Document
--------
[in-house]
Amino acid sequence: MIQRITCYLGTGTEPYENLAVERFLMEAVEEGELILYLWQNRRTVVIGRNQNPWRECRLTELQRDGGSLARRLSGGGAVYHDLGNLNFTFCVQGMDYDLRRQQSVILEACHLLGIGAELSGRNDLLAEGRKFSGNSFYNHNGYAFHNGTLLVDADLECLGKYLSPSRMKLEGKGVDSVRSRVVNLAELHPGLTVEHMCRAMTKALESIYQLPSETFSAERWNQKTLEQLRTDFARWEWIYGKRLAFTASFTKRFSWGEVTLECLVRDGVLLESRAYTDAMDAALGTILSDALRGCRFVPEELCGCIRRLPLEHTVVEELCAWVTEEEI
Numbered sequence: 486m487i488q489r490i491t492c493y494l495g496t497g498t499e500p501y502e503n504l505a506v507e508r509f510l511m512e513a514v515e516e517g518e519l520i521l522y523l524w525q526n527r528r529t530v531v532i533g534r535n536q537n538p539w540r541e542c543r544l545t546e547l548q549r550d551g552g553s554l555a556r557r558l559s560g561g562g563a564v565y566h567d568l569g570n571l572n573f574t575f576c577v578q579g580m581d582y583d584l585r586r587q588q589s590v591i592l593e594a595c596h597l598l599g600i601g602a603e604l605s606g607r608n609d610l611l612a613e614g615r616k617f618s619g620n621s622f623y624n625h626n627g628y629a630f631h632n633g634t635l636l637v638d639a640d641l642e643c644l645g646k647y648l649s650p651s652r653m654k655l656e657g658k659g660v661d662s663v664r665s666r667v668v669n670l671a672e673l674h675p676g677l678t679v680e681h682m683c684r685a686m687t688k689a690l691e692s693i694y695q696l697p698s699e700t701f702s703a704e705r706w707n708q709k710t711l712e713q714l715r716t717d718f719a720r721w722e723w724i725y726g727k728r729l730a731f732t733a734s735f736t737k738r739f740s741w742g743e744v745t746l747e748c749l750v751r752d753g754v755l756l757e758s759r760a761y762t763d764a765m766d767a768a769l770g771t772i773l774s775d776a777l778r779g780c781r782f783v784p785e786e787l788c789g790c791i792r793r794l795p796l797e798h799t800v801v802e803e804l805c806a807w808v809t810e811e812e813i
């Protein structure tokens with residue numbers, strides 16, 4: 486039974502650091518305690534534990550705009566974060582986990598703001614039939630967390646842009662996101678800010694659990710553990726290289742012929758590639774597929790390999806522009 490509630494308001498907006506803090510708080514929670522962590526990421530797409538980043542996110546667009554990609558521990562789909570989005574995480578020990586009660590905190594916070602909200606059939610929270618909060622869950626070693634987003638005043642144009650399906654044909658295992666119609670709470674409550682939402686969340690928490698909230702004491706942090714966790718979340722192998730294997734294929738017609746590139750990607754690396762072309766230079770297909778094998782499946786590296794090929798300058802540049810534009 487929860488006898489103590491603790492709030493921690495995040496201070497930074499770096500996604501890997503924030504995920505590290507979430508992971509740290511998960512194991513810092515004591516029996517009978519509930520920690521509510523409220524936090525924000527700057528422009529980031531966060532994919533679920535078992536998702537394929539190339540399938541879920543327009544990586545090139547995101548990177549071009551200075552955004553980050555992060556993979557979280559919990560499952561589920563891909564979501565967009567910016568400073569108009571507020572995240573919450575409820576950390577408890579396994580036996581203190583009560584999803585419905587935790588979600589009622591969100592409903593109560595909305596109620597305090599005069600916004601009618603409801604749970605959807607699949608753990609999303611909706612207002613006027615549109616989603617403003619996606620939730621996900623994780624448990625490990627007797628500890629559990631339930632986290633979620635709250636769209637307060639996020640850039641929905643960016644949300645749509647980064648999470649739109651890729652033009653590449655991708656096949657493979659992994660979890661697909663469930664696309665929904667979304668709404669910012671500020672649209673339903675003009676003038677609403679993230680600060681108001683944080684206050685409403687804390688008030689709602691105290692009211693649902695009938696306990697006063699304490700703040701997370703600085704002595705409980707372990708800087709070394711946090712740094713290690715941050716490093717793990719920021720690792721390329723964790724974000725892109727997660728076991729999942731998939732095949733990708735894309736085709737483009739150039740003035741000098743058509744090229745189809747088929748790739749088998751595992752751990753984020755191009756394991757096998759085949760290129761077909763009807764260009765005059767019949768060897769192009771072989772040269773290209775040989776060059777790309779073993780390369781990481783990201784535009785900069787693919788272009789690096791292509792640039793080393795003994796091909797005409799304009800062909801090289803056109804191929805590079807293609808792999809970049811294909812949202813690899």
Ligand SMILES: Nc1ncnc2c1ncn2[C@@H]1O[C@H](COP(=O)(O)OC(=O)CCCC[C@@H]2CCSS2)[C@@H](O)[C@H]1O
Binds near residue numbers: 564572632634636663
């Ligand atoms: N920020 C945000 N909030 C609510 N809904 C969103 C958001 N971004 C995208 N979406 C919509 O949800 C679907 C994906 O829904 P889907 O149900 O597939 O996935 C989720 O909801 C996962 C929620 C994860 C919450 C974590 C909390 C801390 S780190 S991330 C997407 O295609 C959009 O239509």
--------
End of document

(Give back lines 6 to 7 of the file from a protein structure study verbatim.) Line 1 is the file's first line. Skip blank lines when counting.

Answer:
Binds near residue numbers: 564572632634636663
């Ligand atoms: N920020 C945000 N909030 C609510 N809904 C969103 C958001 N971004 C995208 N979406 C919509 O949800 C679907 C994906 O829904 P889907 O149900 O597939 O996935 C989720 O909801 C996962 C929620 C994860 C919450 C974590 C909390 C801390 S780190 S991330 C997407 O295609 C959009 O239509």